October 24th is Food Day, a movement and celebration towards more sustainable, healthier food for everyone. I believe so much in the mission, that I often jump at the chance to write about it.
We can’t talk about the challenges facing the future our food system, without talking about the tremendous burden meat production has on our environment and our health. The grim facts are likely to shock you. Bear with me for a minute, because I think it’s important to understand just what’s at stake (no pun intended)…
- Meat production accounts for 14-22% of total greenhouse gas emissions worldwide and consumes 80% of our fresh water supply. The production of meat is extremely costly, contaminates our water supplies and oceans, and causes widespread deforestation throughout the world.
- According to a United Nations report, red meat production in particular, is one of the most ecologically costly foods eaten by humans.
- A multitude of studies have shown that the overconsumption of meat is contributing to the development of obesity and heart disease, as well as certain types of cancer.
And, I haven’t even gotten into the issue of animal cruelty.
So, just how does one make the transition towards a more sustainable, greener, plant-based diet? Part of the answer involves understanding that meat doesn’t have to be front and center at mealtime. In fact, many delicious and tasty dishes get their amazing flavor from the fruits and vegetables. Why not bring fruits and veggies center stage and make them the star of your plate? Not only will you reduce your carbon footprint, you will be improving your health at the same time. It’s not as hard as you think, but I won’t lie. It does take some effort, patience and a little bit of creativity. I’m hoping these few tips may help get you started.
#1- Get inspired by the season. When the seasons change, what’s one of the first things we get excited about? The fruits and vegetables! Tomatoes and zucchini in summer or pumpkins and apples in the fall. Take your cues from nature. In-season produce can be your free guide to meal planning. This spring, I happened to come across the juiciest mangos. They were so good, I created this Mango Fried Rice dish, totally centered around their sweet flavor. In fall and winter, I love making soups and they’re a great way to showcase seasonal veggies. One of my favorite soups has to be my Sweet Potato and Apple Soup. I actually begin to crave it as soon as the weather turns cool. Why not bring a beautiful plate of soup to the dinner table and serve it up with a salad and some fresh, crusty bread?
#2- Think simple. The best thing about meatless meals is that many dishes require just a few simple ingredients and little time spent over the stove. When I go shopping I often buy more vegetables than I could ever consume. I often have an abundance of tomatoes I need to use before they spoil. Some of my favorite recipes have been inspired by one simple ingredient, like those tomatoes. This Roasted Tomato and Chickpea Flatbread Pizza was one of them, and required less than 30 minutes to prepare.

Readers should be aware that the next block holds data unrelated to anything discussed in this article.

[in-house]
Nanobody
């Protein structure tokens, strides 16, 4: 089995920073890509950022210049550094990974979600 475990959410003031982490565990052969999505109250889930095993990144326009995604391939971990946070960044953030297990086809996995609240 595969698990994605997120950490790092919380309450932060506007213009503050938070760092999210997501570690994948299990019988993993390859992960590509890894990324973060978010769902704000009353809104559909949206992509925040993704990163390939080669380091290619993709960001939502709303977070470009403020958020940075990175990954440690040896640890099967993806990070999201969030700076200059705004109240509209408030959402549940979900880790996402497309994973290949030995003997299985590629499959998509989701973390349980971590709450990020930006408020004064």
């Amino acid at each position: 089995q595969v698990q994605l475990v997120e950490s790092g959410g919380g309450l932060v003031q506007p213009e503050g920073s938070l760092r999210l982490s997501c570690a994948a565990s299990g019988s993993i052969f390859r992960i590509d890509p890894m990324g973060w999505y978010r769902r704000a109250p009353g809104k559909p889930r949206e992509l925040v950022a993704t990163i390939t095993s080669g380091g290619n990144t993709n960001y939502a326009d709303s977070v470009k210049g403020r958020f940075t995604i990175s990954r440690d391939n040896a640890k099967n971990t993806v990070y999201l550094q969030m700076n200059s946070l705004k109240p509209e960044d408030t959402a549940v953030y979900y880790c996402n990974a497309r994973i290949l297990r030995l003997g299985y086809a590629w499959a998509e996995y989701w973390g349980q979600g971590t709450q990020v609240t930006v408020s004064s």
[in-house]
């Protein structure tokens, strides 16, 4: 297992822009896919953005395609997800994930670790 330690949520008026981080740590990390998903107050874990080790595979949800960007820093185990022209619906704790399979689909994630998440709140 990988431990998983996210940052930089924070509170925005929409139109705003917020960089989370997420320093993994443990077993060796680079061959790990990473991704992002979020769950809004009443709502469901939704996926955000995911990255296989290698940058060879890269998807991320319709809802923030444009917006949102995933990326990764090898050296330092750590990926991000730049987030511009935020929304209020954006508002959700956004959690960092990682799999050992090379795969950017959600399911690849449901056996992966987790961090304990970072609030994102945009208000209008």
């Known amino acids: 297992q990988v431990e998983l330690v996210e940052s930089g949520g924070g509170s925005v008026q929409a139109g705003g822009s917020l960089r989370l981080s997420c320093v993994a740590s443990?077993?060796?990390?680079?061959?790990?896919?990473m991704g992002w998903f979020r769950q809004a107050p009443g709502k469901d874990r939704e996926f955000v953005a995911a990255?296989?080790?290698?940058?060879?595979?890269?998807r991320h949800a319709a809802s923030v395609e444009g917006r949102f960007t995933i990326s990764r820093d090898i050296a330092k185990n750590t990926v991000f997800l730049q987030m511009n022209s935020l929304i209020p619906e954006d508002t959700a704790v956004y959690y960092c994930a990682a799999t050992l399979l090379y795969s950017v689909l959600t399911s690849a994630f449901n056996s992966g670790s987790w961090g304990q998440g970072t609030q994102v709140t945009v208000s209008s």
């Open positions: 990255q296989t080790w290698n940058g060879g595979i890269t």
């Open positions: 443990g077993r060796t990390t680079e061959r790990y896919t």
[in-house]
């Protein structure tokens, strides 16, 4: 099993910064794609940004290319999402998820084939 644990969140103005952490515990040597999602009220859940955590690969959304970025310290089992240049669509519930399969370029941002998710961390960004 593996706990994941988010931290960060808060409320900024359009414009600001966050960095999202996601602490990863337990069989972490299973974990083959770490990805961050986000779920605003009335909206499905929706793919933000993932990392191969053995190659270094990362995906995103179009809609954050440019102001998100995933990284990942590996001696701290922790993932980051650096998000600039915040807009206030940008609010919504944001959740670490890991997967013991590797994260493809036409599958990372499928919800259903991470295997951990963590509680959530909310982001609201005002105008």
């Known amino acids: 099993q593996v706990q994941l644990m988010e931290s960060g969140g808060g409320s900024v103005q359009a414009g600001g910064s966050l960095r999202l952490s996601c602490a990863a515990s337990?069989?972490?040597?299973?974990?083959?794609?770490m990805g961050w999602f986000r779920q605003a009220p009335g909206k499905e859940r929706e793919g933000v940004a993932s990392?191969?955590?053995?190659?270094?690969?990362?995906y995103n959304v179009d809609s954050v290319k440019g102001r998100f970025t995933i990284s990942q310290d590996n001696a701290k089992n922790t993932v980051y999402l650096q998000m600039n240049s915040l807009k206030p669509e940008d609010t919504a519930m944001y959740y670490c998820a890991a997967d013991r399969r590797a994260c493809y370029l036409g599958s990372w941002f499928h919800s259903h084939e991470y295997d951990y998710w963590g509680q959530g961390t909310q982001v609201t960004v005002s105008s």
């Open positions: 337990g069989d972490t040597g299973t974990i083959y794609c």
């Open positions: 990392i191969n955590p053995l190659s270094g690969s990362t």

Some of my daughter’s favorite school lunches and after school snacks are the ones that are the simplest. I take her favorite crunchy veggies, cut them up and serve them with hummus, whole grain crackers and a juicy piece of fruit on the side. Simple, healthy and delicious.
#3- Don’t worry. If I had a dime for every person who worried they wouldn’t feel satisfied with just vegetables, I’d be rich. Fruits and vegetables are low calorie foods that contain high water content, fiber and often some protein. Because of that, they go a long way in keeping you satiated. You can add more substance, protein and healthy fats to your vegetables dishes by adding beans, lentils, seeds (like pumpkin, flax and hemp,) avocado and nuts. Check out these healthy and delicious main course meals for some ideas: Garlicky Chard and White Beans and Zucchini and Chickpea Soup.
#4- Don’t get discouraged. The transition towards eating less meat can take some time, years in fact. For me, it’s still a work in progress. But, from experience I can tell you that in time, you will notice yourself feeling better, more energetic and more inspired. You’ll want to continue to explore different recipes and cooking techniques that help you become more creative with your meals. The shift towards a greener diet often leads to a more conscious way of eating. You may start to notice you care more about your food, where it comes from and how it was produced. If everyone did that, what a difference it would make!
If a four-person family skips meat and cheese one day a week, it’s like taking your car off the road for five weeks – or reducing everyone’s daily showers by 3 minutes.– See more at EWG.
This post is part of a Food Day collaboration with the following bloggers:
Alli from Don’t Panic Mom
Amanda from Produce for Kids
April from Gluten is My Bitch
Emily from Colorado Moms
Gina from The Multitasking Missus
Jessica from The Balanced Kitchen
Jill from Just the Right Byte
Jory from Teeny Tiny Foodie
Kristen from Fueling a Fit Fam
Lacy and Emily from Laughing Lemon Pie
Maaike from the Official Food Day Blog
Maybelline from Naturalmente Mama
Sally from Real Mom Nutrition
Susan from Real Kids Eat Spinach